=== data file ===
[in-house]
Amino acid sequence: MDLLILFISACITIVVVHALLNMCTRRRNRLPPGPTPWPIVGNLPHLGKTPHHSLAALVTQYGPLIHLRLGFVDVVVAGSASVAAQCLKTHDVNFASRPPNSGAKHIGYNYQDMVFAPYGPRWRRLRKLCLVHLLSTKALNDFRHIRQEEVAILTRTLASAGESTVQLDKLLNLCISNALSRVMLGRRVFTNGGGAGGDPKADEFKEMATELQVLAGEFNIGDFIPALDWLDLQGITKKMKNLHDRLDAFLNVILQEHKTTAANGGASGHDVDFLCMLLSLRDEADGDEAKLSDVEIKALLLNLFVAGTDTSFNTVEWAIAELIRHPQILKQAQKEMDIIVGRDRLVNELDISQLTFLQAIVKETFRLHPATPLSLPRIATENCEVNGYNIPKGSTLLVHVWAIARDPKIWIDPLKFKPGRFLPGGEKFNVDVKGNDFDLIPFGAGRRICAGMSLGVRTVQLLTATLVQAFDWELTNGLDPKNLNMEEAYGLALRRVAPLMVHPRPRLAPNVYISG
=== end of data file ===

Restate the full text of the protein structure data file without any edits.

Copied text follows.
[in-house]
Amino acid sequence: MDLLILFISACITIVVVHALLNMCTRRRNRLPPGPTPWPIVGNLPHLGKTPHHSLAALVTQYGPLIHLRLGFVDVVVAGSASVAAQCLKTHDVNFASRPPNSGAKHIGYNYQDMVFAPYGPRWRRLRKLCLVHLLSTKALNDFRHIRQEEVAILTRTLASAGESTVQLDKLLNLCISNALSRVMLGRRVFTNGGGAGGDPKADEFKEMATELQVLAGEFNIGDFIPALDWLDLQGITKKMKNLHDRLDAFLNVILQEHKTTAANGGASGHDVDFLCMLLSLRDEADGDEAKLSDVEIKALLLNLFVAGTDTSFNTVEWAIAELIRHPQILKQAQKEMDIIVGRDRLVNELDISQLTFLQAIVKETFRLHPATPLSLPRIATENCEVNGYNIPKGSTLLVHVWAIARDPKIWIDPLKFKPGRFLPGGEKFNVDVKGNDFDLIPFGAGRRICAGMSLGVRTVQLLTATLVQAFDWELTNGLDPKNLNMEEAYGLALRRVAPLMVHPRPRLAPNVYISG